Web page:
Since their foundation, the Houston Dash have experienced their fair share of torn ACLs. Just twenty-three minutes into the first game in franchise history, Brittany Bock had to be removed with what would prove to be a torn ACL. In 2015, it was Stephanie Ochs’ turn just three games into the season. In 2017, it was Kealia Ohai, and then in 2018, Kristie Mewis.
Recovery from a torn ACL can take upwards of a year. In the case of Mewis, the injury occurred on May 27, 2018. She made her initial return to action on April 20, 2019 as a substitute before making her first start earlier this month against the Utah Royals.
Unfortunately for the Dash, just as Mewis was preparing for her triumphant return to the starting lineup, forward Veronica Latsko became the latest member of the team to tear an ACL during training.
“It was so hard to see her go down at practice, but she’s one of the strongest, best people I’ve ever met in my entire life,” Mewis told reporters about Latsko’s injury. “Her positivity; just her smile lights up the entire room.
“I think it is obviously going to be a really long road for her, but I’m going to be there as much as I can for her. I’ve obviously just gone through the whole thing.”
Mewis knows firsthand the challenges of recovering from an ACL, and not just the physical ones. Players often speak of the frustration of being on the sideline for an extended period, watching the team but not necessarily feeling a part of it.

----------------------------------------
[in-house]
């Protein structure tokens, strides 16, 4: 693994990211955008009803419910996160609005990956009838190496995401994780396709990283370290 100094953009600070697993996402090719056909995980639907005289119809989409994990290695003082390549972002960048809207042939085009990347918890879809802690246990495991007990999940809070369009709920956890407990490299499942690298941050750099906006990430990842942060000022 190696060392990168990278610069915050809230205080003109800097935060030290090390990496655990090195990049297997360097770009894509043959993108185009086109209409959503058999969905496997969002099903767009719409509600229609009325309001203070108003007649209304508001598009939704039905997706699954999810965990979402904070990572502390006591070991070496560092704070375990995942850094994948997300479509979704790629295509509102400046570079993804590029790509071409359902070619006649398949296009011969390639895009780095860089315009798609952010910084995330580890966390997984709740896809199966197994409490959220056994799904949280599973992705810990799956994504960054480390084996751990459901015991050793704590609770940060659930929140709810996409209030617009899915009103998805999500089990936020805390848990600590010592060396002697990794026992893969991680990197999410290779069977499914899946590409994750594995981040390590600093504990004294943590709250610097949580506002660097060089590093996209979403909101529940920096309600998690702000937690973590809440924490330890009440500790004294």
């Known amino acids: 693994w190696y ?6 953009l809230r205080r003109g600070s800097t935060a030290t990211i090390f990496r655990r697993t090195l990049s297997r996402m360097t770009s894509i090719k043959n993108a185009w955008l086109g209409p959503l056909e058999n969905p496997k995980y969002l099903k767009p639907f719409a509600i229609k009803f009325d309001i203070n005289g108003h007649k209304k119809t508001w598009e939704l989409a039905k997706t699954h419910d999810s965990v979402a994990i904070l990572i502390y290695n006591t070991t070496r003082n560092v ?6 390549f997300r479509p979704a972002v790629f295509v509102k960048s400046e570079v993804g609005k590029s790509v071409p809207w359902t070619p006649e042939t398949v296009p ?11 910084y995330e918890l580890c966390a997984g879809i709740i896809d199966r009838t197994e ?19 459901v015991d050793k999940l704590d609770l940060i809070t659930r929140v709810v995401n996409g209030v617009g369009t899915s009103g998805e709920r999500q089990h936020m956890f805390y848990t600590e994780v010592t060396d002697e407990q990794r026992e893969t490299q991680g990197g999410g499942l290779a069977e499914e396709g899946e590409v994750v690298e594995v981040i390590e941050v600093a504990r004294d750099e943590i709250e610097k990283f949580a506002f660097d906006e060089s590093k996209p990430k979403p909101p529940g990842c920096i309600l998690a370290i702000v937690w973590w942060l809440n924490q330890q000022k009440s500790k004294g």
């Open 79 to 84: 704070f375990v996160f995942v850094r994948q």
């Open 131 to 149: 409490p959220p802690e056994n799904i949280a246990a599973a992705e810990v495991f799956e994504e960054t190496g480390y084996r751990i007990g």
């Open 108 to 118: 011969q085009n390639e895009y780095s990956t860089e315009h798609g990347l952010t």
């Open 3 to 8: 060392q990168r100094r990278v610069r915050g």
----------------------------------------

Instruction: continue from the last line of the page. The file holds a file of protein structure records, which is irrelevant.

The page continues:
Since the injury, Mewis has gone through that struggle. “The biggest challenge was just not being out there with the team. I’d go to as many practices as I could, but it would get harder and harder to watch them. And I think just how long it is. I guess I didn’t really realize how long it takes you to really get back and feel good.”
Torn ACLs have become so common in women’s soccer that fortunately there is always a good support network of those that have been through the process. In Mewis’ case, Ohai was a great source of support as were other players on the team that have experienced the injury previously.
Friends and family were also critical throughout, including Mewis’ sister, Sam, and Dash teammate Rachel Daly.
“You try to get through it on your own but you really do need people around you who love you and you just need their support and their love and their help,” Mewis said. “So I needed so many people and they helped me through it. I wouldn’t be where I am today without them.”
Dash head coach James Clarkson sees Mewis now being in a position to provide similar support and inspiration to Latsko. “I think, it shows that with hard work and taking care of your rehab, you can get back as quickly as possible and continue to have a great career,” Clarkson said.
With the recovery experience fresh in her mind along with the inevitable mental ups and downs, Mewis is fully cognizant of the role she can play not just helping Latsko but in helping the team better understand the challenges the forward will be going through.
“I think what is important is just for all of us to be behind her for everything,” Mewis said. “Sometimes maybe if she’s smiling, she’s not actually smiling on the inside. So I think we just need to make sure that we are behind her 100 percent every single day until she’s back.”
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